Satwiwa Native America Indian Cultural
Rena Benor, Secondary Science Teacher
Satwiwa – Rancho Sierra Vista,
Thousand Oaks. Santa Monica National Recreational Area Satwiwa Native American Indian Culture Center is located at Ranch Sierra Vista
/ Satwiwa in Newbury Park, California. From Ventura Freeway (U.S. 101) exit
Lynn Road. Turn south on Lynn Road for 5.25 miles to Via Goleta. Park
Entrance is on the left. Walk 0.3 mile up gravel road from the last parking
area to the Culture Center..
GPS Coordinates for Entrance (Via Goleta & Lynn Road): N 34.1569 W
GPS Coordinates for Satwiwa Native
American Indian Culture Center:
N 34.1504 W -118.9613
The National Park Service
Visitor Center is located at 401 West Hillcrest Drive in Thousand Oaks,
California. From Ventura Fwy (U. S. Highway 101) exit Lynn Road.
Turn north on Lynn Road and turn east (right)
onto Hillcrest Drive. Left onto McCloud Ave. First driveway on the
Part of the Santa Monica Mountains National Park, it was home to the
Chumash and Tongva/ Gabrielino
Dense chaparral and fragrant sages cover the canyon walls. Inland, lone
valley oaks accentuate the grassy hillsides.
Born from the collision and sliding of the Earth's crustal plates, the
mountains are home to some of the most unique and rare natural features and
ecosystems in the United States.
Part of the Transverse Ranges that stretch from
the Mojave Desert to the Channel Islands, these mountains are some 46 miles
long and eight miles wide. Volcanic Sandstone Peak, at 3,111 feet above sea
level is the highest point in the park! The Mediterranean ecosystem occurs
only in five relatively small areas around the planet: the area bordering the
Mediterranean Sea, central Chile, the Cape region of South Africa,
southwestern and southern Australia, and, of course, southern California and
northern Baja California. These areas are distributed between roughly 30 and
40 degrees latitude – north and south – and are located along the western
edges of continents where the climate, characterized by mild, rainy winters
and warm, dry summers, is moderated by cold ocean currents
There are 12 communities derived from 26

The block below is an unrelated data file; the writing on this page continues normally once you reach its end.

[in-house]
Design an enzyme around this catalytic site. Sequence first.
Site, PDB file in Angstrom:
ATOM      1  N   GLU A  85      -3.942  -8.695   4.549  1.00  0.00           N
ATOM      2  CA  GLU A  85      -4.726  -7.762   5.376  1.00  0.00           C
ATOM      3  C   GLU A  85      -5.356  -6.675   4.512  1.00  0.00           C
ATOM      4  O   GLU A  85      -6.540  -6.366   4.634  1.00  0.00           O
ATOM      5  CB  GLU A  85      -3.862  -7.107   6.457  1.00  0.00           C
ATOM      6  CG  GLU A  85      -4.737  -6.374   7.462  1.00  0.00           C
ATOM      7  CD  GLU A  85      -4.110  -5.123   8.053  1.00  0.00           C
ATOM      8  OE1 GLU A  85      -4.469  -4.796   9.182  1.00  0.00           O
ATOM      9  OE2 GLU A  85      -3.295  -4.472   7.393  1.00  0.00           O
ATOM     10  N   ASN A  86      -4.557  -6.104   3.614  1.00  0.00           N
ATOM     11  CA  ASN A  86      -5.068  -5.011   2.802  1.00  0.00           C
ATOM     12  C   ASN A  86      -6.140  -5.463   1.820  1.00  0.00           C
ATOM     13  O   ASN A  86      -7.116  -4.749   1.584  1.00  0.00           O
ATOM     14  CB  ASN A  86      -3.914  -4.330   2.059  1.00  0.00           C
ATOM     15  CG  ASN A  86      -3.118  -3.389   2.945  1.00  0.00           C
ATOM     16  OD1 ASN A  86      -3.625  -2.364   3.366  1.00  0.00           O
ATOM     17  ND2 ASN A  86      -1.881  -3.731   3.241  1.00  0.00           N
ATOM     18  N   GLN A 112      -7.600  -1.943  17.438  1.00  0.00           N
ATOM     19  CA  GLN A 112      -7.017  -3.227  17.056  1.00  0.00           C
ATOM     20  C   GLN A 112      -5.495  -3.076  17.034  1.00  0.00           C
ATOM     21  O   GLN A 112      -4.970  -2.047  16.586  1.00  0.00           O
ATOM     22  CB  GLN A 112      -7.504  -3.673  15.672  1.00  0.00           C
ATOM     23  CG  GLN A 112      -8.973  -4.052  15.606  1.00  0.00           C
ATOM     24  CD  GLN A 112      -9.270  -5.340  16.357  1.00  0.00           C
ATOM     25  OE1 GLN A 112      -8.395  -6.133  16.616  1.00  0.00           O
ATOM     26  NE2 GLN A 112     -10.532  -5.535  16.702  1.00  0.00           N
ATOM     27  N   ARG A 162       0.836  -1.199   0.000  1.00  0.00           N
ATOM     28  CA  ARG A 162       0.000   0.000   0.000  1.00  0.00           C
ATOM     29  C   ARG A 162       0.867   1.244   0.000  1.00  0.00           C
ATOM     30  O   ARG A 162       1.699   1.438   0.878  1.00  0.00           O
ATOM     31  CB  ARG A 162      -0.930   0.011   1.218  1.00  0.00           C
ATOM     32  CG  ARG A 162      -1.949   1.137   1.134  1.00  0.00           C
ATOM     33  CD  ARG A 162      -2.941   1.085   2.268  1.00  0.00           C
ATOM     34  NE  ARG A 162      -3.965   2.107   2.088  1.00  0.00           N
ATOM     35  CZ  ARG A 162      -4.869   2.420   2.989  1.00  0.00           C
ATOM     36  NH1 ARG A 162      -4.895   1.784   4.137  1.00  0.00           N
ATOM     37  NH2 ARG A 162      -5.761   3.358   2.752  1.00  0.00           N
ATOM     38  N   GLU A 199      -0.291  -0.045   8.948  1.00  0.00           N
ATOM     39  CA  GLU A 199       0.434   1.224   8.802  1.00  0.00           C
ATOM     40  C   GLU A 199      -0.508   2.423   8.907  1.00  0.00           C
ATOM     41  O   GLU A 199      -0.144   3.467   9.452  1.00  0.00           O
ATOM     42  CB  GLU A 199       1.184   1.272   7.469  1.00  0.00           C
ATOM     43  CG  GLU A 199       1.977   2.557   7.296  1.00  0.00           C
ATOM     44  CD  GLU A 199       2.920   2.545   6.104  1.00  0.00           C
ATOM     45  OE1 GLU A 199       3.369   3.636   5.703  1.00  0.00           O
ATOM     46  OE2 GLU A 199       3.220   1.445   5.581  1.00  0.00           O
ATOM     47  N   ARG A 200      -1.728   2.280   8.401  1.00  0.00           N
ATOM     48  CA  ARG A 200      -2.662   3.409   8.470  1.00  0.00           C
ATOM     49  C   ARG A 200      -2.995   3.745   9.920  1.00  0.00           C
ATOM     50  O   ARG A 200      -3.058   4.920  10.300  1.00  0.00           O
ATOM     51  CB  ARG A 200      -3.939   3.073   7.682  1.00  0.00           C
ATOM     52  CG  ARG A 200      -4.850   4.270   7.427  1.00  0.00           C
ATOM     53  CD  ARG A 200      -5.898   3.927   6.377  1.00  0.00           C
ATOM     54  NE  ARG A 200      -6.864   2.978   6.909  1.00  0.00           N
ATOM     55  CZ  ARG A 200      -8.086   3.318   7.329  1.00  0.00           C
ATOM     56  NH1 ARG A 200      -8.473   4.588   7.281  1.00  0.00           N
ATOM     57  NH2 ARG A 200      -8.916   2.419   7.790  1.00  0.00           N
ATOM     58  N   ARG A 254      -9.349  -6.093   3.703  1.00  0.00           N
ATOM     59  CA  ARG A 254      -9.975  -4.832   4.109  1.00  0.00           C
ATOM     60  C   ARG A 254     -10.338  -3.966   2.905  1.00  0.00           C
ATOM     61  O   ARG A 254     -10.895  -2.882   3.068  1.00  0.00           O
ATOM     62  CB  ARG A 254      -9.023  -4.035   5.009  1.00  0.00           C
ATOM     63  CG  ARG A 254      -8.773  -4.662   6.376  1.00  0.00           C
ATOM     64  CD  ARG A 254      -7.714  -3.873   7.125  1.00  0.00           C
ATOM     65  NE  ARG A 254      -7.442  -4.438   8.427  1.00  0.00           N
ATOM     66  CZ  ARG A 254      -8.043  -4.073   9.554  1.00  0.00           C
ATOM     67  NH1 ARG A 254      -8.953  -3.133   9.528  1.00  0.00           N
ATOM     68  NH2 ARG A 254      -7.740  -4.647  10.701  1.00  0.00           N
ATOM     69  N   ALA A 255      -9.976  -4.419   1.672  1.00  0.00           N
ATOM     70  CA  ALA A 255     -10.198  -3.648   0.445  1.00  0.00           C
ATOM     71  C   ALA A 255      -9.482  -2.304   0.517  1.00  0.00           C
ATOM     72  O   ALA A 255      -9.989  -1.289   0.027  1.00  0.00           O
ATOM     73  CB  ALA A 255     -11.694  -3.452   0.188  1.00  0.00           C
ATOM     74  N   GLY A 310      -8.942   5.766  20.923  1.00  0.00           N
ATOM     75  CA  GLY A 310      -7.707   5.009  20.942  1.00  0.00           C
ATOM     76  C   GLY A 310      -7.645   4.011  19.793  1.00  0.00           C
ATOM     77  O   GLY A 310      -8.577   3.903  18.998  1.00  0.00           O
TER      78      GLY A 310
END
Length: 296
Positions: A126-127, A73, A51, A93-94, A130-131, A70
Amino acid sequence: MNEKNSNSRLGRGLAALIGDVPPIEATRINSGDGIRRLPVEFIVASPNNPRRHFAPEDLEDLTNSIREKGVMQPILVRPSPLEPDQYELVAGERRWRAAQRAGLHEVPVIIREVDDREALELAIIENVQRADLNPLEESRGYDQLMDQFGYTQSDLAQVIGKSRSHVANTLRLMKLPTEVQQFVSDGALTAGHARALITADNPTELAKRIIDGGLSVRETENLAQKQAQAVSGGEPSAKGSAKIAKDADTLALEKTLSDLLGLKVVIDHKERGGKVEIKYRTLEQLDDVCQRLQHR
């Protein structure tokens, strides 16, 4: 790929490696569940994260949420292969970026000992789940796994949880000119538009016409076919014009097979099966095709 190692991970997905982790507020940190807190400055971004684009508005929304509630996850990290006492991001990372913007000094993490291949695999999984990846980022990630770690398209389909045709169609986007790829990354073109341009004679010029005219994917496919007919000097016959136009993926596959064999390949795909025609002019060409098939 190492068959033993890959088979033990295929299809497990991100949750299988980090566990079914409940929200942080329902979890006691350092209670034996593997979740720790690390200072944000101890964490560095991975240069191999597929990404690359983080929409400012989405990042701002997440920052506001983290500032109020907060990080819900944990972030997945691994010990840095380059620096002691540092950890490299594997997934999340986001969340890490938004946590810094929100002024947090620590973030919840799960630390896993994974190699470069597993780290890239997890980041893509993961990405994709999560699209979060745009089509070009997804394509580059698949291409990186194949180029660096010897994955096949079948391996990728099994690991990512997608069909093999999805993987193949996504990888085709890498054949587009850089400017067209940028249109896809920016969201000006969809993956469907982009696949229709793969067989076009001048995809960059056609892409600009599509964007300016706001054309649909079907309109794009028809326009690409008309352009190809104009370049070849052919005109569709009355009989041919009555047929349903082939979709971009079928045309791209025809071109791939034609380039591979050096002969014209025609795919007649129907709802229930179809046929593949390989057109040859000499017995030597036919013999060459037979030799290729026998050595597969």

vegetation associations identified by the California Natural Diversity
Database classification system (Holland 1986). These include coastal salt
marsh, coastal strand, coastal sage scrub, chaparral, coast live oak
woodland, riparian woodland, valley oak savanna, freshwater ponds/lakes, rock
outcrops, and suburban development.
A biology teacher or student would appreciate
Satwiwa because it provides examples of chaparral , oak woodland, and riparian
areas. There are examples of mountain
building (transverse ranges), subduction, uplifting, and rock cycles.
The Santa Monica National Recreation Area: people of all ages can learn
about biology, ecology, history, geology, anthropology, and more..
During the school year, they offers a
variety of "Parks As Classrooms" programs, specifically
targeting the education curriculum
designated for the State of California.During the summer, teachers can come
out to the park by becoming students themselves during our teacher workshops
or the national Teacher to Ranger to Teacher program.
Students can earn the Junior Ranger Patch and pins.
Description of the field trip:
The Biodiversity Experience: Hiking from Boney Mountain to the Pacific
Coast is an 8 mile journey through a pond, into a canyon, across a
valley, and other habitats. There is a lot to see! Find out why Biodiversity is so important
to all of us.
Biomes and Ecosystems:
One travels through chaparral, riparian and oak woodland.
Geologic features: Uplifting, erosion,
weathering, subduction, rock cycle
For more information and a Satwiwa brochure: CLICK here.
33- 23.8 million years ago.
An oceanic plate beneath the Pacific Ocean, about the
size of Oregon.
North American Plate:
The continental plate of North America.
Oceanic plate north of the Farallon Plate under the
the process of one tectonic plate descending and sliding
beneath another plate.
Mountains that run in an East-West direction instead
of a North-South direction.
The remnants of the plate that is left behind
as the ridge travels northeastward.
PLEASE SEE ATTACHMENT FOR THE Study Guide!
MAP: Click for link to trail map.
Click here for more information on the Chumash Tribe.
More information on the Chumash.